High-G MEMS integrated accelerometer

Brady R. Davies, Carole Craig Barron, Stephen Montague, James H. Smith, James R. Murray, Todd R. Christenson, Vesta I. Bateman, Vijay K. Varadan, Paul J. McWhorter
1997 Smart Structures and Materials 1997: Smart Electronics and MEMS  
This paper describes the design and implementation of a surface micromachined accelerometer for measuring very high levels of acceleration (up to 50,000 G). Both the mechanical and electronic portions of the sensor were integrated on a single substrate using a process developed at Sandia National Laboratories. In this process, the mechanical components of the sensor were first fabricated at the bottom of a trench etched into the wafer substrate. The trench was then filled with oxide and sealed
more » ... h oxide and sealed to protect the mechanical components during subsequent microelectronics processing. The wafer surface was then planarized in preparation for CMOS processing using Chemical Mechanical Polishing (CMP). Next, the CMOS electronics were fabricated on areas of the wafer adjacent to the embedded structures. Finally, the mechanical structures were released and the sensor tested. The mechanical structure of the sensor consisted of two polysilicon plate masses suspended by multiple springs (cantilevered beam structures) over corresponding polysilicon plates fixed to the substrate to form two parallel plate capacitors. The first polysilicon plate mass was suspended using compliant springs (cantilever beams) and acted as a variable capacitor during sensor acceleration. The second polysilicon plate mass was suspended using very stiff springs and acted as a fixed capacitor during acceleration. Acceleration was measured by comparing the capacitance of the variable capacitor (compliant suspension) with the fixed capacitance (stiff suspension).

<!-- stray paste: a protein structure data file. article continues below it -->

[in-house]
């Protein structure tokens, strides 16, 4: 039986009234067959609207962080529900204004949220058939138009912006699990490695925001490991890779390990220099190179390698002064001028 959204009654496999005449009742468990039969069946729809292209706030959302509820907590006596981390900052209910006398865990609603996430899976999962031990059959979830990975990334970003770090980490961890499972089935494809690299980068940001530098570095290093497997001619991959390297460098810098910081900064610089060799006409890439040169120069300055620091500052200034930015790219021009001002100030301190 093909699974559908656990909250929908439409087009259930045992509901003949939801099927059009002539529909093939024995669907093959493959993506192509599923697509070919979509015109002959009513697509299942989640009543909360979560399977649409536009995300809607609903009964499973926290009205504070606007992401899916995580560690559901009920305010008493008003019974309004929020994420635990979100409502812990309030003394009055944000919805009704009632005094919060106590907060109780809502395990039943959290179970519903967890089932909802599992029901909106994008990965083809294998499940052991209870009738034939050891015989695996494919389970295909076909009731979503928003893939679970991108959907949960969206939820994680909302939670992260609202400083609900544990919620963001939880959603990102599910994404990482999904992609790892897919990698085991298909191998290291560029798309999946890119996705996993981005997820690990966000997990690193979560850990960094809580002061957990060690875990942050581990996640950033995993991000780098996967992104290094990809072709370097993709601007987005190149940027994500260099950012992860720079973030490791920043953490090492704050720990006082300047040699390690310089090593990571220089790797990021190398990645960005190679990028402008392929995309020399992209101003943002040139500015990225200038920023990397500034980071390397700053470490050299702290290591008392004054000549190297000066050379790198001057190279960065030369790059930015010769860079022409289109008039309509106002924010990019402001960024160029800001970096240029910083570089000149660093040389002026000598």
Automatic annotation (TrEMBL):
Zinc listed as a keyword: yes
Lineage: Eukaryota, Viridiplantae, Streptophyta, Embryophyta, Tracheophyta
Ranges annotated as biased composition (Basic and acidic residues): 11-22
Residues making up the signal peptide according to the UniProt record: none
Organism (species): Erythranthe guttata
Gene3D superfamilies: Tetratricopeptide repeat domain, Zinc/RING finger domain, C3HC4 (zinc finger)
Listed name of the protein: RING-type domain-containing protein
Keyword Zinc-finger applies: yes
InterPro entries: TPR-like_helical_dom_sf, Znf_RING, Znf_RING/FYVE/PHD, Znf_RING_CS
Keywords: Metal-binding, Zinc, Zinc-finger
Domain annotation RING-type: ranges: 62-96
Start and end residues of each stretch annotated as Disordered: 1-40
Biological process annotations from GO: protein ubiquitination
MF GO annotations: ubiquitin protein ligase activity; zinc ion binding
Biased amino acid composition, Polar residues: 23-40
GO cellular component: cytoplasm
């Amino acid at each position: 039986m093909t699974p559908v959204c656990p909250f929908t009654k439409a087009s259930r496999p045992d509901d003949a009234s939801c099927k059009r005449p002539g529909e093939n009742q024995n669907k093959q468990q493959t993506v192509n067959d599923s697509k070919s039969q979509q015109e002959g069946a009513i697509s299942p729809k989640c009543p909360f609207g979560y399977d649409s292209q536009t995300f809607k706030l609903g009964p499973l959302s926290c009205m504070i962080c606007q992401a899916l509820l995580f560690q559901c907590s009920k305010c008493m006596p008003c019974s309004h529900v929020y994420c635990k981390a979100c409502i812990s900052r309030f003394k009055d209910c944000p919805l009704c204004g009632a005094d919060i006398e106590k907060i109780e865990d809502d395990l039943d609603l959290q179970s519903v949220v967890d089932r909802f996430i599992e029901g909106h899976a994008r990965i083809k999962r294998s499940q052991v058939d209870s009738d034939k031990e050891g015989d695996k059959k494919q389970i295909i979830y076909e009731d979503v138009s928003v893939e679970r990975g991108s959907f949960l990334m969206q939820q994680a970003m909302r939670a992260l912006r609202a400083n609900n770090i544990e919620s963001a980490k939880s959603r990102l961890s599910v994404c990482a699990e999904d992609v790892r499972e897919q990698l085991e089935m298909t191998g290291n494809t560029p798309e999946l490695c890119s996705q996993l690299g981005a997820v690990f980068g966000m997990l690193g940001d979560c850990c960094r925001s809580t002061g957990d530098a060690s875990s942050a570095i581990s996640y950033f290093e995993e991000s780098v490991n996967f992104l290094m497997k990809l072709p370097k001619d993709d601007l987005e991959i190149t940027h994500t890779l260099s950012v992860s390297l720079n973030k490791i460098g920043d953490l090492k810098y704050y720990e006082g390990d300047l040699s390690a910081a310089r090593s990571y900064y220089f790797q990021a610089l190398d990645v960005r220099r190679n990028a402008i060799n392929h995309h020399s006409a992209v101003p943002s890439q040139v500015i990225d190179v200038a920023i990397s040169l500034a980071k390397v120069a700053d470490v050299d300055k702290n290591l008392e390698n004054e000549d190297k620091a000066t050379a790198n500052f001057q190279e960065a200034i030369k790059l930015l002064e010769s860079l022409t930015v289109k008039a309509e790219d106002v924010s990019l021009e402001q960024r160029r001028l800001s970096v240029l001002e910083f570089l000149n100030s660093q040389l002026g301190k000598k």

doi:10.1117/12.276628 fatcat:hzu3mhvhjvhbpnh452k7n6gd5u